This week is an odd release week which should please fans of country, folk and roots rock. With the exception of Sharon Jones & The Dap-Kings, all the reviews this week come from titans of that genre. Of course, we'll discuss the new Springsteen record, "High Hopes," as well as new releases from Sugarland's Jennifer Nettles, Rosanne Cash, Mary Chapin Carpenter and a re-release of Lucinda Williams' 1988 self-titled album. It all adds up to a very country-fied and soulful week. Time to dig in!
|Bruce Springsteen's "High Hopes" **1/2|
"High Hopes" is an odd Springsteen record. By its nature, it feels pieced together and not like a cohesive unit. The majority of the tracks came from the same sessions that produced 2012's "Wrecking Ball." These songs have since been tinkered with and given new touches. Add a few covers, "American Skin (41 Shots)" (which has never before gotten the studio treatment) and a new re-recording of "The Ghost Of Tom Joad," and this record feels more like a ramshackle collection of odds and sods than it should. To muddle things even more, Amazon has packaged copies sold there with a bonus DVD showing a 2013 complete London performance of "Born In The USA" in its entirety. It means that "High Hopes" seems to lack its own identity. It's like leftovers from the Springsteen brand.
"American Skin (41 Shots): By far, this is the best track on the record and this studio take is beautifully made. This is of course, Springsteen's tribute to slain, unarmed West African immigrant Amadou Diallo, who was gunned down at the age of 23 when the NYPD reportedly mistook his wallet for a gun. Make no mistake, this is a divisive song among his fan-base, but it is also vintage Springsteen.
"Hunter Of Invisible Game": This is the album's sweetest and most vulnerable moment; a flashback to Springsteen's intimate, narrative mode. It's a quiet, string-heavy ballad. A beautiful highlight.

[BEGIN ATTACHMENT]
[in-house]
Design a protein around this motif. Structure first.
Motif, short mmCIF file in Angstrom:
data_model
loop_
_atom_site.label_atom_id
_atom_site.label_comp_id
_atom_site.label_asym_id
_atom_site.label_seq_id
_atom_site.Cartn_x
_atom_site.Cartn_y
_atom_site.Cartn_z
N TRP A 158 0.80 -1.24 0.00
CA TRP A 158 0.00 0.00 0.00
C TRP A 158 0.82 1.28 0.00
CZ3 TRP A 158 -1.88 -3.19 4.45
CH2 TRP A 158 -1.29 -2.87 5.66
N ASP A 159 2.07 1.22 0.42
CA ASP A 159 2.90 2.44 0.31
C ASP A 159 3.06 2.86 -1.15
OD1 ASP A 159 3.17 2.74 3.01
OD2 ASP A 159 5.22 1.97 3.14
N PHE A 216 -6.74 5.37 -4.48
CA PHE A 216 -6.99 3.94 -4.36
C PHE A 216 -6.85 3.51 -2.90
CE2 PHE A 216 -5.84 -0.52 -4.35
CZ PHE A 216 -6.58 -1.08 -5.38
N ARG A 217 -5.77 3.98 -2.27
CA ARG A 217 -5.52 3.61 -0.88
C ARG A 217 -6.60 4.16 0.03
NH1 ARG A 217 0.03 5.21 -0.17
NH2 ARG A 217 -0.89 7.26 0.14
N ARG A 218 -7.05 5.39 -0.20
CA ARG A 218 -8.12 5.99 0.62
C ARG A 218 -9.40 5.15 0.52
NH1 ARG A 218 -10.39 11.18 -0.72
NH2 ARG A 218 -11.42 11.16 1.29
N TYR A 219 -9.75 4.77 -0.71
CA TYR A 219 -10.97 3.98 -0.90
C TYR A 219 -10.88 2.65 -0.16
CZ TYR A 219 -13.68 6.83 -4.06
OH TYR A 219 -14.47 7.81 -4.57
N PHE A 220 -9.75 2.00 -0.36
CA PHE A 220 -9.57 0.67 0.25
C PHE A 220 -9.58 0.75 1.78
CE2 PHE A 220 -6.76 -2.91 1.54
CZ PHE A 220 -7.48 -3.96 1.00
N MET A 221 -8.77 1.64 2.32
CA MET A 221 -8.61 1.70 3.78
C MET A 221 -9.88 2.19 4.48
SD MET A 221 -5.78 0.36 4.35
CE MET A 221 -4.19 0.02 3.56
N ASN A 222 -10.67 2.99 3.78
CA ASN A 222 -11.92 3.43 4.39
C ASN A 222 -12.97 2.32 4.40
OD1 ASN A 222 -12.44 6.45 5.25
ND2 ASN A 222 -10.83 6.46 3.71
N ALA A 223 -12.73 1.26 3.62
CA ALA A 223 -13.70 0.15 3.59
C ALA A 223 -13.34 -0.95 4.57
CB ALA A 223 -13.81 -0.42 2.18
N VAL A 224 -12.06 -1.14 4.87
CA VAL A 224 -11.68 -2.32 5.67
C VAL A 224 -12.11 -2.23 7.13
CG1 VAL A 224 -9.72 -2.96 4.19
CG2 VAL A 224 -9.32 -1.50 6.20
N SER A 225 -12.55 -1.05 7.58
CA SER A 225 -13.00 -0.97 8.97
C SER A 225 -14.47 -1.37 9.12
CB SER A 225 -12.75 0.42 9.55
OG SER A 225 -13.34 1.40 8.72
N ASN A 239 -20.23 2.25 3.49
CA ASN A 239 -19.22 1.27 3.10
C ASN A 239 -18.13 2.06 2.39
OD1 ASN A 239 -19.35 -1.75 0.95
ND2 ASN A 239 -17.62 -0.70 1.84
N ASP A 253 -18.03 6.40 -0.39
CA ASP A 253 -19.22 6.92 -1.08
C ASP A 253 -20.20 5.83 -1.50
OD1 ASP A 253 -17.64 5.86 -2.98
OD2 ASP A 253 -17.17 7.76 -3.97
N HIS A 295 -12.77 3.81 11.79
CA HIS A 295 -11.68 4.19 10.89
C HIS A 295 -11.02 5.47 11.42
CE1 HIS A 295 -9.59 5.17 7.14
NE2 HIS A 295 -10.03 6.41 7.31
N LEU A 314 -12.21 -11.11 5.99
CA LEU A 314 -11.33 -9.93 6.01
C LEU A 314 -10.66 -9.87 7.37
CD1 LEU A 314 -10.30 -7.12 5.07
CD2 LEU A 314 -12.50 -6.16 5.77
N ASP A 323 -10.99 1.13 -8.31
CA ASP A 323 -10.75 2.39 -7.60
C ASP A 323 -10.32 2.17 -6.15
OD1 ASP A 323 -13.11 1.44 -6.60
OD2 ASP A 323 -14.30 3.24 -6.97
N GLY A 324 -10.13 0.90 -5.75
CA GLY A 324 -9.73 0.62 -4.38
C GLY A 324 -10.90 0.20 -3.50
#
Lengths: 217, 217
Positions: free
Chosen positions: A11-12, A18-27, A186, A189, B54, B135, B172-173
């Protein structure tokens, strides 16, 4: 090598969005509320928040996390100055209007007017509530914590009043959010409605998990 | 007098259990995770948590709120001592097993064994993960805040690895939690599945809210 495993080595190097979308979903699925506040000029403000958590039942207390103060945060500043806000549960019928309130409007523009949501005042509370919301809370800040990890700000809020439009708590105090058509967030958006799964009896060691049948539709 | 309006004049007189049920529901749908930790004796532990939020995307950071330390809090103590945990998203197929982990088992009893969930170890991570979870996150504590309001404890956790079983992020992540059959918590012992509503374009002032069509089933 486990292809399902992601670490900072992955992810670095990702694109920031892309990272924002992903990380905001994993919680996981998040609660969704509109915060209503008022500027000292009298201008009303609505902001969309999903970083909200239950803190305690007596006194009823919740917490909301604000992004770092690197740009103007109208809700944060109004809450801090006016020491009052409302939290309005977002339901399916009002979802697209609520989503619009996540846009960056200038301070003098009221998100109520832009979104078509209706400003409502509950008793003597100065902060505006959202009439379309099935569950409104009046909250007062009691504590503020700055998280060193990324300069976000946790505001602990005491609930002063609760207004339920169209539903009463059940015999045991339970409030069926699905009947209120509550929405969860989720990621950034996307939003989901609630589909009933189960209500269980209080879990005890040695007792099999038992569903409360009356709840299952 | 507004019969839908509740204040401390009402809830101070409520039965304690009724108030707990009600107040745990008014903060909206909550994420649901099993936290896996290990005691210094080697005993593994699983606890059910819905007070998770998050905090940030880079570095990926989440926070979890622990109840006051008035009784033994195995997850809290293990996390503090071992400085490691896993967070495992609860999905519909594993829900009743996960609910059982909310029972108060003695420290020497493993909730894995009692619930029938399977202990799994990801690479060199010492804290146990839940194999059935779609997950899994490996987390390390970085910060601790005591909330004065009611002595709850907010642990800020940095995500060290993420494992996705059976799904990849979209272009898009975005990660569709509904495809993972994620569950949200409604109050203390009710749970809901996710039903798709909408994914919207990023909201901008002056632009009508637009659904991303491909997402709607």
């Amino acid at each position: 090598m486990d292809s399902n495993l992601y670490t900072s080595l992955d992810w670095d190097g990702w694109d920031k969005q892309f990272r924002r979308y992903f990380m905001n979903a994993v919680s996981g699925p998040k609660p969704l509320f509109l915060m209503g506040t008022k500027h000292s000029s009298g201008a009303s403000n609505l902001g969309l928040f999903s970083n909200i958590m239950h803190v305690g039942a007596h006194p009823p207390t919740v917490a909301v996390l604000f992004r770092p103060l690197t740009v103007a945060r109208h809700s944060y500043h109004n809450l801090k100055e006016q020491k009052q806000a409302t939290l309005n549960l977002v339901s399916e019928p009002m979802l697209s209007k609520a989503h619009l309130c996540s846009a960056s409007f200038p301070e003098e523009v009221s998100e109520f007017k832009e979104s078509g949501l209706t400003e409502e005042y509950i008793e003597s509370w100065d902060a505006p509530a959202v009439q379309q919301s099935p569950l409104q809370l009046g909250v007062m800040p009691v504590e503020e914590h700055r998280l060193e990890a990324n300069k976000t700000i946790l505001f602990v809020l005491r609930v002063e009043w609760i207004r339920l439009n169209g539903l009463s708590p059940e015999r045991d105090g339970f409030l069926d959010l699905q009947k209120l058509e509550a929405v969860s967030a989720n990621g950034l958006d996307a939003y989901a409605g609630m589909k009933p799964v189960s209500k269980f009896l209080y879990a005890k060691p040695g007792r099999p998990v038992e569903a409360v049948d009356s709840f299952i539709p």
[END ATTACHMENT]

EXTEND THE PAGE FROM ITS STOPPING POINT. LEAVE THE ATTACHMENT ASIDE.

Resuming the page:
"High Hopes": This title track is a Tim Scott McConnell song and Springsteen and his horn section give this down-trodden anthem the kind of stomp it demands. No doubt, in the live setting, this track lights the stage on fire and charges up the crowd.
"Just Like Fire Would" This song was originally recorded by the Saints and in the Boss' hands, he filters it through his signature stomp, thus making it his own.
"Heaven's Wall": This is a cowbell-introed, gospel-influenced folk-rocker. It is a little stale on delivery, but it still has its effective moments, even if its "Raise your hands" refrain becomes monotonous.
|Jennifer Nettles' "That Girl" ***|
Jennifer Nettles' first solo record is a bit stripped down compared to the shiny, peppy country-pop she makes with Sugarland. Producer Rick Rubin makes sure she's surrounded with acoustic guitars to give this a country-singer-songwriter feel. Fans looking for Nashville-spun pop may not appreciate this approach, but it benefits Nettles. Rubin's aim is to make this sound more folk-driven or like the country of the past. Nettles is a very talented vocalist with a ton of charisma, but in a way she lacks distinction. That being said, this record delivers on its promise, fusing older country sounds with one of newer country's stars.
"That Girl": The album's title track was co-written by Nettles and the decidedly very un-country Butch Walker. It is a warm and winning creeper, but makes lyrical reference to Dolly Parton's "Jolene" and is nowhere near that track's hauntingly resonant level. Nevertheless, it is a satisfying single choice.
"Jealousy" : You wouldn't expect a track called "Jealousy" to sound so sunny, but thanks to a vaguely Latin-flavor and a catchy signature guitar-line, this song sounds like the soundtrack to a casual brunch on the veranda. The track's breezy sound humorously masks Nettles' lyrics, like when she sings about "that party where I made such a mess and poured my whiskey down the back of your dress."
"This Angel": This is a ballad, co-written with the classic country writer, Mike Reid, who wrote Bonnie Raitt's hit, "I Can't Make You Love Me." Oddly this new composition not only brings to mind that older one, but it also bears a passing resemblance to Roxette's "Listen To Your Heart." "Know You Wanna Know": This is probably the closest to country-radio pop here, with its rally-crying, line-dance-ready charge. It's yet another song about a woman cheating with a married man but it still has its upbeat charm.
"Moneyball": There's almost a seventies AM-radio hit quality to this bright number, even if its modern mentions of texting, "Facebook emoticons," YouTube, and iPads are not only are destined to date it but also threaten to weigh it down. However, it has enough crossover appeal to give Nettles some attention outside her country fan-base.